US President-elect Donald Trump has hit back at Meryl Streep’s criticism of him as she received a lifetime achievement award at the Golden Globes.

      He tweeted: “Meryl Streep, one of the most overrated actresses in Hollywood, doesn’t know me but attacked last night at the Golden Globes.

      “She is a Hillary flunky who lost big,” Mr Trump added of the three-time Oscar-winning actress.

      She said: “When the powerful use their position to bully others we all lose.”

    • Hollywood Gets a Clue About Inclusion, Meryl Streep Gets Political at 2017 Golden Globes (Video)

      Remember last year’s hashtag-fueled protest—#OscarsSoWhite – decrying the lack of diversity at Hollywood’s most hyped awards event?

      On Sunday night, the Hollywood Foreign Press Association showed up the Academy of Motion Picture Arts and Sciences by rewarding a wider range of talent at the 2017 Golden Globes. Stories by and about African-Americans were recognized at the HFPA’s annual awards-fest, and the night’s biggest honor, the best drama statue, went to a coming-of-age film about a young gay black man growing up in Miami.

    • The Age of Great Expectations and the Great Void

      The third theme was all about rethinking the concept of personal freedom as commonly understood and pursued by most Americans. During the protracted emergency of the Cold War, reaching an accommodation between freedom and the putative imperatives of national security had not come easily. Cold War-style patriotism seemingly prioritized the interests of the state at the expense of the individual. Yet even as thrillingly expressed by John F. Kennedy — “Ask not what your country can do for you, ask what you can do for your country” — this was never an easy sell, especially if it meant wading through rice paddies and getting shot at.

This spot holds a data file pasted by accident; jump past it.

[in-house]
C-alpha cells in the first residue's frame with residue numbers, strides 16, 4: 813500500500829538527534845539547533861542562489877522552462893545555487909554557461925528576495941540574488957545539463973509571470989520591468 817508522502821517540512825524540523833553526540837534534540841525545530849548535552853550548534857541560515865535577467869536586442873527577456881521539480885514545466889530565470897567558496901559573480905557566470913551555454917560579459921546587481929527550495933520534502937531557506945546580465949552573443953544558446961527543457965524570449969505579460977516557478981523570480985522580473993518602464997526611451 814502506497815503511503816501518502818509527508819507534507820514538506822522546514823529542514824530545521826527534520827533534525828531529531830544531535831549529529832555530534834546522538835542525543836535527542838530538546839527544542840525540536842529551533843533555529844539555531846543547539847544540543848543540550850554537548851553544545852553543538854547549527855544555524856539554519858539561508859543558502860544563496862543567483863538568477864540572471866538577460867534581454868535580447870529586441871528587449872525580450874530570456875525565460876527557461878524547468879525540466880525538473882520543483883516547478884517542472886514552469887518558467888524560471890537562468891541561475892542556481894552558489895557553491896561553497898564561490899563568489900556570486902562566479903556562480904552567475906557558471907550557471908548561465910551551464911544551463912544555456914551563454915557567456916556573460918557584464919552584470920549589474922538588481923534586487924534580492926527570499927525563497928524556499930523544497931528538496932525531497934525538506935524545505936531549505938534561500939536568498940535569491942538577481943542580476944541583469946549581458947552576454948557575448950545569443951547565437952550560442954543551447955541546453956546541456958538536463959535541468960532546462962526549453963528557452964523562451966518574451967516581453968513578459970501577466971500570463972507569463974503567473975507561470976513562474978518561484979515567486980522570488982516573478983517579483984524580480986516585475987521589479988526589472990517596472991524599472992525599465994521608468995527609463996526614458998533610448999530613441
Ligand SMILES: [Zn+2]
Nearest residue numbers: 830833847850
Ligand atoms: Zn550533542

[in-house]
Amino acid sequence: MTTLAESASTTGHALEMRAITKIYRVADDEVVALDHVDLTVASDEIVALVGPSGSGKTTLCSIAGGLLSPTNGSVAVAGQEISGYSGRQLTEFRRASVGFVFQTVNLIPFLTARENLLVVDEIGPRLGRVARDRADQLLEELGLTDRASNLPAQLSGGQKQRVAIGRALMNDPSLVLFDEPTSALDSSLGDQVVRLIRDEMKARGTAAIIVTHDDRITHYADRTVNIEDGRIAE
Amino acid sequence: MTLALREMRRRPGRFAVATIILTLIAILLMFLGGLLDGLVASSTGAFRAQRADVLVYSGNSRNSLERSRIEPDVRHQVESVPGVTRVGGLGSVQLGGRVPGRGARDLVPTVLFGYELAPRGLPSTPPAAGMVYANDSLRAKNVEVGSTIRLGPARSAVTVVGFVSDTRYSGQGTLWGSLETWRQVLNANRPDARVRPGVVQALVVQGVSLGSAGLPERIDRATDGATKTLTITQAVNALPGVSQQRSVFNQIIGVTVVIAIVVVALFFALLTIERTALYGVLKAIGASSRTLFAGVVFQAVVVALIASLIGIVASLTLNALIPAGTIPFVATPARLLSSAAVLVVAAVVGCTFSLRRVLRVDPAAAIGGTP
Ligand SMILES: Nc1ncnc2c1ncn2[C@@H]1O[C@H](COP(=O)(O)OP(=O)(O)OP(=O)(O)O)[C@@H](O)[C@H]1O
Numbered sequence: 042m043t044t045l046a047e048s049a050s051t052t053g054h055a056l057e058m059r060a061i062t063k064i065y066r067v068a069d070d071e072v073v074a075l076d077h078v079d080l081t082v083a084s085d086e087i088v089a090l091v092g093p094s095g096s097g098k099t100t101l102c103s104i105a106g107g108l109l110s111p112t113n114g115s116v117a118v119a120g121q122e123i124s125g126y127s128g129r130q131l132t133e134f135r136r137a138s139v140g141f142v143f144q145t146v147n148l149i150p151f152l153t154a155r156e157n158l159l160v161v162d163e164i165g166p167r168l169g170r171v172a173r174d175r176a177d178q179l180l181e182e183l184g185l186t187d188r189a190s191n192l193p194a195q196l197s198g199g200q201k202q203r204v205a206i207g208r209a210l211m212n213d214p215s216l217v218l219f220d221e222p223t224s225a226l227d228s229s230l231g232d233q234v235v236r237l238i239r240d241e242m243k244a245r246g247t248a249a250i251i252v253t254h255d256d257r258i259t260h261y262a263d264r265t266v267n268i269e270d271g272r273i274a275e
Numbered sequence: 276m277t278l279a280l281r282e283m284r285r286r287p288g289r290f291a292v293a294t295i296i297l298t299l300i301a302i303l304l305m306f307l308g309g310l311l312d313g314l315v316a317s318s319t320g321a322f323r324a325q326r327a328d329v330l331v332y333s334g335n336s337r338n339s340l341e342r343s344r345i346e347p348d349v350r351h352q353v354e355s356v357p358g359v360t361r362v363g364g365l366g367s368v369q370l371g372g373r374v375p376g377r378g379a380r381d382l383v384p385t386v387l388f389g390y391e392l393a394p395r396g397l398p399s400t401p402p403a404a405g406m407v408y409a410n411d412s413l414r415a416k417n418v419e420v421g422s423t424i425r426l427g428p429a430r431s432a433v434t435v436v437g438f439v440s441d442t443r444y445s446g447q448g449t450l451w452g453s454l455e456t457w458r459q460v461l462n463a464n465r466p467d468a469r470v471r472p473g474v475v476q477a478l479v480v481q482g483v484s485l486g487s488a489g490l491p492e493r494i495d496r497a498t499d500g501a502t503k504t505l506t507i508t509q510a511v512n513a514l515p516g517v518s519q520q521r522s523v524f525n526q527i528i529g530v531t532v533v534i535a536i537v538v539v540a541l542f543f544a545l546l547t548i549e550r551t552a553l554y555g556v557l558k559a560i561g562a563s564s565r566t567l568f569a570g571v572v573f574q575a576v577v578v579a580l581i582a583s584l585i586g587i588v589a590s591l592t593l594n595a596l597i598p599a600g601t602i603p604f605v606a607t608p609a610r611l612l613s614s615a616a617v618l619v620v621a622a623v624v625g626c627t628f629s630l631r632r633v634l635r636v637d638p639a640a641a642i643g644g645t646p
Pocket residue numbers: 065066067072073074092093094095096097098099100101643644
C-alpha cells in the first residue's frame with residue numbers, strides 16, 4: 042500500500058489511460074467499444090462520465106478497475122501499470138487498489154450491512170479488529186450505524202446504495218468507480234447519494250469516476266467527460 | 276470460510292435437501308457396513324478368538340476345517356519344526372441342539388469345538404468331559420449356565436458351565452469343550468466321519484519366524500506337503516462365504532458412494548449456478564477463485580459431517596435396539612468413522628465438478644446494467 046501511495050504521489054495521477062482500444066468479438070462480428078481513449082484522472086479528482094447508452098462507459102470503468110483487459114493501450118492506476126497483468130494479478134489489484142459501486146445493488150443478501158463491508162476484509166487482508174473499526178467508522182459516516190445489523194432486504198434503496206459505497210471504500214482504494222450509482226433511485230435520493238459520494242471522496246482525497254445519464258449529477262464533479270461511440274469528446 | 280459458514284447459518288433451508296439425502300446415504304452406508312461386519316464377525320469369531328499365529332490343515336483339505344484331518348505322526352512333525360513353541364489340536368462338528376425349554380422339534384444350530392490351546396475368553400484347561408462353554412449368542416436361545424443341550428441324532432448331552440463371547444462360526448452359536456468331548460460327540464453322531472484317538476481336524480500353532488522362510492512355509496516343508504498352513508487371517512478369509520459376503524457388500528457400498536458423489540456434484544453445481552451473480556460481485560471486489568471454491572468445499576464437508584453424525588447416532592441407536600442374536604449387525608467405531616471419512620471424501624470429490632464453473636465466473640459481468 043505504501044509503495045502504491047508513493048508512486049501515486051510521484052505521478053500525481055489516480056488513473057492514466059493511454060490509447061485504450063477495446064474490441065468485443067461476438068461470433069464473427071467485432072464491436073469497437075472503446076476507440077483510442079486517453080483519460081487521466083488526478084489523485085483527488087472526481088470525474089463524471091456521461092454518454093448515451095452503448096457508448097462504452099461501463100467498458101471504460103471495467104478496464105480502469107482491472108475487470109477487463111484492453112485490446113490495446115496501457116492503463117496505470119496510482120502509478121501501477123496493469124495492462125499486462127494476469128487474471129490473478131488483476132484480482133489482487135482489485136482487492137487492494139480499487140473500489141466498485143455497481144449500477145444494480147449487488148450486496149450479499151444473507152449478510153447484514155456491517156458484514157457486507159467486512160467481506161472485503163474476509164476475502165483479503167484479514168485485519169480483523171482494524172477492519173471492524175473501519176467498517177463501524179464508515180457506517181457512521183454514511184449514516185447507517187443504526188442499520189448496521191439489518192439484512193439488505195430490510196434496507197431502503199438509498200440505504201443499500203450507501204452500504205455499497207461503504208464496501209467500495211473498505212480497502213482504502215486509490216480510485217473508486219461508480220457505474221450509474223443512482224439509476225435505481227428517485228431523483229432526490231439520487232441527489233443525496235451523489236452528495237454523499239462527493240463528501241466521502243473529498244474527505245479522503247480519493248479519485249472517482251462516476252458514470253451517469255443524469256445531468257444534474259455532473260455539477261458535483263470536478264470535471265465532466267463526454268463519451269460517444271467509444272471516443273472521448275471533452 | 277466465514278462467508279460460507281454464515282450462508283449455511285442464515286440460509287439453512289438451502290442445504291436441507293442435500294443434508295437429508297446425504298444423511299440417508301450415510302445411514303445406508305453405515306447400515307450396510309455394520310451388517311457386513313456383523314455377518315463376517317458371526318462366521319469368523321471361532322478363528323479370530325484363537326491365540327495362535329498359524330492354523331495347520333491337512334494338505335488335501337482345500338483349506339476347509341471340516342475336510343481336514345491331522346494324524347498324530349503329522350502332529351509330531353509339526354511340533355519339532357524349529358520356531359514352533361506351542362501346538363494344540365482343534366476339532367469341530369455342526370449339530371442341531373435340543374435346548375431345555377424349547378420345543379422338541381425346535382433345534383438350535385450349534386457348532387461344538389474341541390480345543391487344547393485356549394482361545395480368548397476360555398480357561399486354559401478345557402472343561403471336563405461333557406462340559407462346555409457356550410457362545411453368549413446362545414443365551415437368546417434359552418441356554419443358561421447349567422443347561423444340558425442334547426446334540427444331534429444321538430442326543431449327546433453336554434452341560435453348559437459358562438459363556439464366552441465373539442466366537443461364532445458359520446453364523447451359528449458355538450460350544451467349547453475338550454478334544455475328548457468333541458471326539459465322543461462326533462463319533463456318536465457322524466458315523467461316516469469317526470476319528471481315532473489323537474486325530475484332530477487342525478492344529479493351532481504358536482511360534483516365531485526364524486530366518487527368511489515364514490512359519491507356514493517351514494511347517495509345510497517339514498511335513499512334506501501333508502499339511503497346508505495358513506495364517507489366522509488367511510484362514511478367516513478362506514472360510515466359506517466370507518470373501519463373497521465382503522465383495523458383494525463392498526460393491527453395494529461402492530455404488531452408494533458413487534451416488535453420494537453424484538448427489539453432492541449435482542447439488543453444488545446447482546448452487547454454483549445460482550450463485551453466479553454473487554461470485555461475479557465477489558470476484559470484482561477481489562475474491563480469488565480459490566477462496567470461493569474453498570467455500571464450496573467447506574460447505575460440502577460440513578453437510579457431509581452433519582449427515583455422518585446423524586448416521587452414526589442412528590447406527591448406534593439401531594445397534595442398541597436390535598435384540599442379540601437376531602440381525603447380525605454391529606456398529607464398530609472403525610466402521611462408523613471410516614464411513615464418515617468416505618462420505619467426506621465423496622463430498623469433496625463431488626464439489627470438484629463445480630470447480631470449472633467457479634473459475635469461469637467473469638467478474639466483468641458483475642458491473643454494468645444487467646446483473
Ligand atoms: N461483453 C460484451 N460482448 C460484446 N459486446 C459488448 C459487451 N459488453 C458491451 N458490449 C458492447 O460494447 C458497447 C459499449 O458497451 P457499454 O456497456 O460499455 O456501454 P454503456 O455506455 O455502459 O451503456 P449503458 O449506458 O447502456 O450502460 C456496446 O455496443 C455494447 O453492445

Once the Cold War ended, however, the tension between individual freedom and national security momentarily dissipated. Reigning conceptions of what freedom could or should entail underwent a radical transformation. Emphasizing the removal of restraints and inhibitions, the shift made itself felt everywhere, from patterns of consumption and modes of cultural expression to sexuality and the definition of the family. Norms that had prevailed for decades if not generations — marriage as a union between a man and a woman, gender identity as fixed at birth — became passé. The concept of a transcendent common good, which during the Cold War had taken a backseat to national security, now took a backseat to maximizing individual choice and autonomy.

    • Trump must slay the ‘sacred cow’ of the budget: Defense spending

      The Pentagon is filled to the gills with cronies and crony capitalism. And Republicans have encouraged this “waste and abuse” – this is the kind way of saying it, and it is on a massive scale – for too long. Do the right thing for once Congress. CUT SPENDING especially on the military civilian bureaucracy which is a taxpayer funded gravy train if there ever was one.

    • The Real Purpose of the U.S. Government’s Report on Alleged Hacking by Russia